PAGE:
100,000th bus

On June 5, 2012, the 100,000th bus rolled off the assembly line in the Tulsa, Oklahoma plant. The Tulsa Bus Plant employs more than 1,200 dedicated workers who manufacture, on average, 50 to 75 buses a day. This number has grown significantly from 400 employees in 2001 when the plant first opened. "This plant demonstrates our commitment to the school bus industry by building quality, state-of-the-art product," said John McKinney, president of Navistar Global Bus and IC Bus. "Because of the hard work and dedication of our Tulsa employees, IC Bus is far and away the industry leader not only in pure sales volume, but more importantly in product quality." The 100,000th bus marks more than just a milestone, but a testament to IC Bus' commitment to the community. The Tulsa bus plant contributes to the current growth trend of manufacturing in the U.S., which is illustrated by the more than 1,200 local skilled and office workers there.[9]

Addition of Cummins powertrain

On September 3, 2013, Navistar announced in a press release that as part of an expansion of its product lineup, the Cummins ISB 6.7 would be added as an option to the CE-Series school buses starting with 2015 model-year vehicles; initial production is slated for January 2014..[10] Alongside the current Navistar engines offering EGR emissions systems, the Cummins ISB is the first medium-duty Navistar vehicle (alongside the corresponding International DuraStar) to offer a SCR emissions system for the diesel exhaust.[11]

Products[edit]

School/commercial buses[edit]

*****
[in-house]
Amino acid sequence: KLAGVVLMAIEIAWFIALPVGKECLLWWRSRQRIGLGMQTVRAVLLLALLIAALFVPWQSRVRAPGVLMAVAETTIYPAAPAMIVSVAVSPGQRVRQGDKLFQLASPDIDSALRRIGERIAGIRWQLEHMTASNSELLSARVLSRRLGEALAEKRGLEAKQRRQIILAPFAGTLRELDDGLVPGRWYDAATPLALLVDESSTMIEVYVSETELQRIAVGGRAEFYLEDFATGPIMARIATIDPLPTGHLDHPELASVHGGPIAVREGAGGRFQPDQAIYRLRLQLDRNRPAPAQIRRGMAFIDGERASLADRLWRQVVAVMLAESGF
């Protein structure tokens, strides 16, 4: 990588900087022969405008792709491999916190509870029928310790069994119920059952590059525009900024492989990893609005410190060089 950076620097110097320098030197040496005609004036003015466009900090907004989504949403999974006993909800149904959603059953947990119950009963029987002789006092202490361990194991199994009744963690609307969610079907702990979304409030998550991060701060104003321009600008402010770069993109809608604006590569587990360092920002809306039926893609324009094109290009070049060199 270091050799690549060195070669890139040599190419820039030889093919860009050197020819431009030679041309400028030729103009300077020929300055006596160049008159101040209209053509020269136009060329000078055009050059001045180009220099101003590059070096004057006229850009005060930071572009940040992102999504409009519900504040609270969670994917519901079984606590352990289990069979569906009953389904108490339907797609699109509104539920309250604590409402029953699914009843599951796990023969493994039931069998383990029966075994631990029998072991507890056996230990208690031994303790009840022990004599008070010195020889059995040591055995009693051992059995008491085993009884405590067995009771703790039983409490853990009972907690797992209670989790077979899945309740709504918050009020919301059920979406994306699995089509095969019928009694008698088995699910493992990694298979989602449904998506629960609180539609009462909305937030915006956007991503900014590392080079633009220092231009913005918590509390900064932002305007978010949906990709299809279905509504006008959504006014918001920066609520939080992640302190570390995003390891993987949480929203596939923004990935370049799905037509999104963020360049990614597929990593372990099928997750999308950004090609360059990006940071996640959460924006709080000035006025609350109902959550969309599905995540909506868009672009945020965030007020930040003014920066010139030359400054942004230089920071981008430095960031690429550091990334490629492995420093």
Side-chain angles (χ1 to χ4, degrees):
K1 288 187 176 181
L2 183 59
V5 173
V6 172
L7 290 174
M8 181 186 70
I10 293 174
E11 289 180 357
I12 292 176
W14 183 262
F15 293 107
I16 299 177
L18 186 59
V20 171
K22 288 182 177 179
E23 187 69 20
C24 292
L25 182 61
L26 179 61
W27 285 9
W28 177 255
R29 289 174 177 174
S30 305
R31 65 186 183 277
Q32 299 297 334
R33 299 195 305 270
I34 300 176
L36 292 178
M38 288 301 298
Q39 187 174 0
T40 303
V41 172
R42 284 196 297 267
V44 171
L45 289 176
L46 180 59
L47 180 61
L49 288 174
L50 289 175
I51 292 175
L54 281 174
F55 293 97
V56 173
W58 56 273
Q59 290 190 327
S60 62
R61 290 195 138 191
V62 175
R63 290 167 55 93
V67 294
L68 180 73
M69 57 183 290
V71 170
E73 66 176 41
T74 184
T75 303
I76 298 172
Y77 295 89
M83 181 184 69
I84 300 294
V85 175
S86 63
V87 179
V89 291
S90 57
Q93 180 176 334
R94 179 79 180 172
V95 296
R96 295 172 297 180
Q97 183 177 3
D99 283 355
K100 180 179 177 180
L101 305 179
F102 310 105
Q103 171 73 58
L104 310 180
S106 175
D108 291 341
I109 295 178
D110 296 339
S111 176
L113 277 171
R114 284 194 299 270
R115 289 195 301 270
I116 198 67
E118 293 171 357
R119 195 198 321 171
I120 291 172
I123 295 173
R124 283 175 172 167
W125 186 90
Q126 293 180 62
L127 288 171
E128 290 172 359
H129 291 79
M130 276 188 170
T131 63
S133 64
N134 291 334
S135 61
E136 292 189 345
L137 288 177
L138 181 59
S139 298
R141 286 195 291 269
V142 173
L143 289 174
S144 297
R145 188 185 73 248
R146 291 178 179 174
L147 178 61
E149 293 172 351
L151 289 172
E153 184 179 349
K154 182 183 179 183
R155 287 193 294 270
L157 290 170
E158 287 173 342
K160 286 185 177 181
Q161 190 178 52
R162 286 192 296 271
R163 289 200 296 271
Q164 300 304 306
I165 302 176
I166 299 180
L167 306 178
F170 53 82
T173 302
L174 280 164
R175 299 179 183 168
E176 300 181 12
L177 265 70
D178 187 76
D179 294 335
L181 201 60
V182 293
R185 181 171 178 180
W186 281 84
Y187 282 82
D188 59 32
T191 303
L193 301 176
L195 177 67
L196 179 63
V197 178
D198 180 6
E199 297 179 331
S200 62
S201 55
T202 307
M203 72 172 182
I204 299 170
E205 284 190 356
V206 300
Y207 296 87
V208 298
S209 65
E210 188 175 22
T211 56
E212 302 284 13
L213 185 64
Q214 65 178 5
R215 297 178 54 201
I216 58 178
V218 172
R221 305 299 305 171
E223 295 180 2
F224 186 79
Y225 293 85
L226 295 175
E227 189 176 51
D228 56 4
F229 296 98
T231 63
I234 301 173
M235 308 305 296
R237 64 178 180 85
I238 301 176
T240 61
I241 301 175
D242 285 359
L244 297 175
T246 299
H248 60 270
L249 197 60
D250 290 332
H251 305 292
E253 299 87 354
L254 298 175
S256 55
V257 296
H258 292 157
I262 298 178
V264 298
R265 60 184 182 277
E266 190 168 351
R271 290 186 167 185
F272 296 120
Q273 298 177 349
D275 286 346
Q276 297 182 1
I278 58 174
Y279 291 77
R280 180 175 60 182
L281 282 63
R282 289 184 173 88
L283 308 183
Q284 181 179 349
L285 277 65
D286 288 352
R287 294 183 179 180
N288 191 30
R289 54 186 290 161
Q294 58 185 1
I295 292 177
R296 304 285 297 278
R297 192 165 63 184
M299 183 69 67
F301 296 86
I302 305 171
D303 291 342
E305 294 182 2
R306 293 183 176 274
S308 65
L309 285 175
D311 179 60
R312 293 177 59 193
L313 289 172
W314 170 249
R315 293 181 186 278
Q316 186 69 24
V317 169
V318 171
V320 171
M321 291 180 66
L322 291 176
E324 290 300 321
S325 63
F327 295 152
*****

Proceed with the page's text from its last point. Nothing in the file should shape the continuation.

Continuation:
Model designations

Until 2010, IC used the following nomenclature with their vehicles to designate the engine type; subsequently, only the model prefix has been used.

IC Bus Product Lines
Model NameProductionConfigurationChassisPowertrainNotes
AE-Series
2012–presentSchool bus
Shuttle bus (AC-Series)
Navistar InternationalMaxxForce 7
  • The AE is the first Type A bus from IC Bus.
  • The AE has a standard flat-floor interior[8]
BE-Series
An IC BE school bus in Federal Way, Washington.
2006–presentSchool bus/MFSAB
Commercial bus
Navistar International
  • The BE is marketed primarily towards buyers who transport special-needs students (competing against Type A buses)
  • Apart from its smaller size, the BE differs from the CE with its standard flat-floor interior.
CE-Series
A 2003 IC CE conventional-style school bus owned by North Syracuse Central Schools.|An IC CE conventional-style school bus owned by Hampton City Public Schools.
first generation 2001–04(TOP) second generation 2005-present(BOTTOM)School bus/MFSABNavistar International
  • 3800 (variant, 2001–2004)
  • 3300 (2005–present)
  • T444E (2001–2004)
  • DT466E (2001–2007)
  • VT365 (2005–2008)
  • MaxxForce 7 (2008–present)